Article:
Dealers fret about supply Inventory: While one local new-car dealer has an abundance of cars in stock, most in the area are concerned that a prolonged strike could cause supply problems.


There was a time -- as recently as last week -- when William Hurwitz believed he had made a terrible business decision by ordering so many cars earlier this year. But not anymore.

While other new-car dealers are beginning to worry about their supply of cars as a result of the strikes in Flint, Mich., that have halted most of the vehicle production of General Motors Corp., Hurwitz, president of Fox Automotive Inc., insists he's "in good shape."

"I thought I had made a big mistake," he said yesterday, "but it turned out to be one of my better decisions."

He said he is getting calls every day from dealers in the Baltimore, Washington and Philadelphia regions, seeking to buy cars from him.

A survey of eight Maryland new-car dealers found that while they all said they have adequate cars in inventory now, most are worried about what might happen if the strikes continue another few weeks.

"At the moment I'm in good shape, but I could have an inventory problem down the road," said Joseph Aiello, president of JBA Chevrolet in Glen Burnie.

"Spring and summer are the best times of the year for auto sales," he added, hoping for a settlement of the labor disputes before he runs out of cars to sell.

Cadillac dealers are in good shape, according to Robert Frankel, president of Frankel Cadillac and Land Rover in Pikesville.

"Cadillac will lose only 2,000 cars in its production run," Frankel said.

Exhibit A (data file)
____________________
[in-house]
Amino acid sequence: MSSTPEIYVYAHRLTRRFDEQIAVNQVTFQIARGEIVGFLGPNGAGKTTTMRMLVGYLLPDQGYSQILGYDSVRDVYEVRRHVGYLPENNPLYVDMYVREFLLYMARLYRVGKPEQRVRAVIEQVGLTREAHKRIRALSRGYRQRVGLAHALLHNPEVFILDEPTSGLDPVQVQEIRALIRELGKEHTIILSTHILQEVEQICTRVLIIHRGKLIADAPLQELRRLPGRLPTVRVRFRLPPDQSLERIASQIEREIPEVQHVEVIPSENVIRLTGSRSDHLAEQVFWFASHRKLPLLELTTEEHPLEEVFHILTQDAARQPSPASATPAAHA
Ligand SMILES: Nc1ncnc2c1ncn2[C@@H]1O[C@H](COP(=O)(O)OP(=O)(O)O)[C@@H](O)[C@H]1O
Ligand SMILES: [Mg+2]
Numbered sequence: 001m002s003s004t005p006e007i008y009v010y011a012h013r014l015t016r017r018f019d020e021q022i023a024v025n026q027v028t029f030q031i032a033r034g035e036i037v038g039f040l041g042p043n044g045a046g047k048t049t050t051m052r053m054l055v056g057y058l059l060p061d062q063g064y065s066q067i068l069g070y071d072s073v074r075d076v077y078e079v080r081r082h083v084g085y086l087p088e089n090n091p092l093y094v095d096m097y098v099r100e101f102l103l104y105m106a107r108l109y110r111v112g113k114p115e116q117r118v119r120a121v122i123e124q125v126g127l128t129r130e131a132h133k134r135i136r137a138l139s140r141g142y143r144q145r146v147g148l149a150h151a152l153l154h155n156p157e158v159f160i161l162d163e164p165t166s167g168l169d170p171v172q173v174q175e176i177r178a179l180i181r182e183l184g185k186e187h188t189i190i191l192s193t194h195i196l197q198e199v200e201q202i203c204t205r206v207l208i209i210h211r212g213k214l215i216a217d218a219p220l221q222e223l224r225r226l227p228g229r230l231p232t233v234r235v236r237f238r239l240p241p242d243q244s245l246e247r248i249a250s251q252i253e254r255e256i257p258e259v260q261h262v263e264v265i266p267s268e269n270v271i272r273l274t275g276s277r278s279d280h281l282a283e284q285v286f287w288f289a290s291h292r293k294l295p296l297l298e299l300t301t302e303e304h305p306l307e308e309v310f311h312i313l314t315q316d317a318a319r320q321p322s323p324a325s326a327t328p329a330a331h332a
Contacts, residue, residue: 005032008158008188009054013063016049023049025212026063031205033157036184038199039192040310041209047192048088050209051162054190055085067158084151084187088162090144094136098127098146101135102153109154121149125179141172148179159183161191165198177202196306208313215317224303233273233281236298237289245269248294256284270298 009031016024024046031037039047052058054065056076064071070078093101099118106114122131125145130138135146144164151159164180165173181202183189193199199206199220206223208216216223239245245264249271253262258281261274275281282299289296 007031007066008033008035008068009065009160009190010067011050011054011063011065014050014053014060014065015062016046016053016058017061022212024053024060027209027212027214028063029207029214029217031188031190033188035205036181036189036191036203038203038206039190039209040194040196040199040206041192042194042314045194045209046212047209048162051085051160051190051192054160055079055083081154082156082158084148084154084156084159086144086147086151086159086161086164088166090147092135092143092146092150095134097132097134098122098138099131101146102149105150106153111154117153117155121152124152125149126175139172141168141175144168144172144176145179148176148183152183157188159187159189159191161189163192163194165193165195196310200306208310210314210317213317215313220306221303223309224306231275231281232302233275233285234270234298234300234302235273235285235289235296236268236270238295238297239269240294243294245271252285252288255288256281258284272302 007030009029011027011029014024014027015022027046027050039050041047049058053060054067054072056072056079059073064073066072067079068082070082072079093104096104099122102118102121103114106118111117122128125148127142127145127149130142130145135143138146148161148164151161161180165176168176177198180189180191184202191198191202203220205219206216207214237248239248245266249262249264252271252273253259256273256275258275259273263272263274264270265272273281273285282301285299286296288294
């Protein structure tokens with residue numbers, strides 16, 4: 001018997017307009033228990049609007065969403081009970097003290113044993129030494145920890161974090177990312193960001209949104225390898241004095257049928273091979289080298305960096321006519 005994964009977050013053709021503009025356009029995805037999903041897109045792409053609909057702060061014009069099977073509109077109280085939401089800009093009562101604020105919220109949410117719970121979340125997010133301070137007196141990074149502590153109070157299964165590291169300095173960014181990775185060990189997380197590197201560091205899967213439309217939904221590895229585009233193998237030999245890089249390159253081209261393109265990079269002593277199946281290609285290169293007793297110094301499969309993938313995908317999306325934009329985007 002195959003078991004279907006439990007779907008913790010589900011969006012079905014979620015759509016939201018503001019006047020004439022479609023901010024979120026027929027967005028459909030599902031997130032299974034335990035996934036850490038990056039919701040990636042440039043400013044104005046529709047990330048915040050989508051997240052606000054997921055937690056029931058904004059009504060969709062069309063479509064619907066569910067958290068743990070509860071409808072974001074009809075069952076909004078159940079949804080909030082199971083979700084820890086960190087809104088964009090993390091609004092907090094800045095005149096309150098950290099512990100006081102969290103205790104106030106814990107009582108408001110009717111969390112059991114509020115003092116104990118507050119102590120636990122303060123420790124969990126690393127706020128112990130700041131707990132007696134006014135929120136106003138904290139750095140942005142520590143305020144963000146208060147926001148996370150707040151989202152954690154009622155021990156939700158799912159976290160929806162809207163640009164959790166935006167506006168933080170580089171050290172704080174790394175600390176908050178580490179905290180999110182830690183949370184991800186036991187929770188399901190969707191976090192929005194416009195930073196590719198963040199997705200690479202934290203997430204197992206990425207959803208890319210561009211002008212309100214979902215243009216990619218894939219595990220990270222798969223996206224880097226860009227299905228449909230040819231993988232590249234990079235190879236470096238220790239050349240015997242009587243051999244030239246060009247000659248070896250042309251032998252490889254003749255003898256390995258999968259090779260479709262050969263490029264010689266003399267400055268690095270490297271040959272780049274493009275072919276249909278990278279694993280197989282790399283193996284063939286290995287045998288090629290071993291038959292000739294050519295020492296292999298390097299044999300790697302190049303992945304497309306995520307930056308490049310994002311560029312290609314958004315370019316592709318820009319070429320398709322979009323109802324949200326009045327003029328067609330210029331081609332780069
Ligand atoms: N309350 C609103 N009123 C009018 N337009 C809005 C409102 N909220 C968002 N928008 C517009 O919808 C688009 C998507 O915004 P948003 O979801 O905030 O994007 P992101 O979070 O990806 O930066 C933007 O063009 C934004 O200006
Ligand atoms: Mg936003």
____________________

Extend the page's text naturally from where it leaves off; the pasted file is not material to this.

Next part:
Robert Bell, owner of Bob Bell Chevrolet, with stores in Bel Air and Eastpoint, said sales have been good the past month, cutting into his inventory. His concern is that if the strikes continue another two or three weeks, he could run out of some models.

Bell said the strike has forced some dealers to change the way they do business. He explained that dealers are becoming reluctant to trade cars among themselves. If they give up a hot- selling car because it is the color that a customer at another dealership wants, they want the same type of car back.

In the past, Bell said, a dealer might take a less popular car in

trade with the understanding that the other dealer would return the favor the next time.

Jerome H. Fader, president of Heritage Automotive Group of Owings Mills, which operates 25 new-car franchises in the metropolitan area, including five Saturn dealerships, said Saturn has not been affected by the strikes.

"They have their own stamping plant, and production continues," Fader said.

John W. Miller, owner of Miller Bros. Chevrolet in Ellicott City, said he sympathized with General Motors in its efforts to reduce it operating costs, but he said if the strikes continue a month or two it would have a serious impact on every GM dealership in the country.

He said some lines of popular GM trucks, including the Tahoe and Suburban, are already in short supply.

"It's a bad situation," said Charles Mangold, general sales manager at Bob Smith Automotive in Easton, which handles six lines of GM cars and trucks. "We're not hurting yet," but if the strikes continues "it is going to have a dramatic effect on us and all the other GM dealers."

Pub Date: 6/20/98

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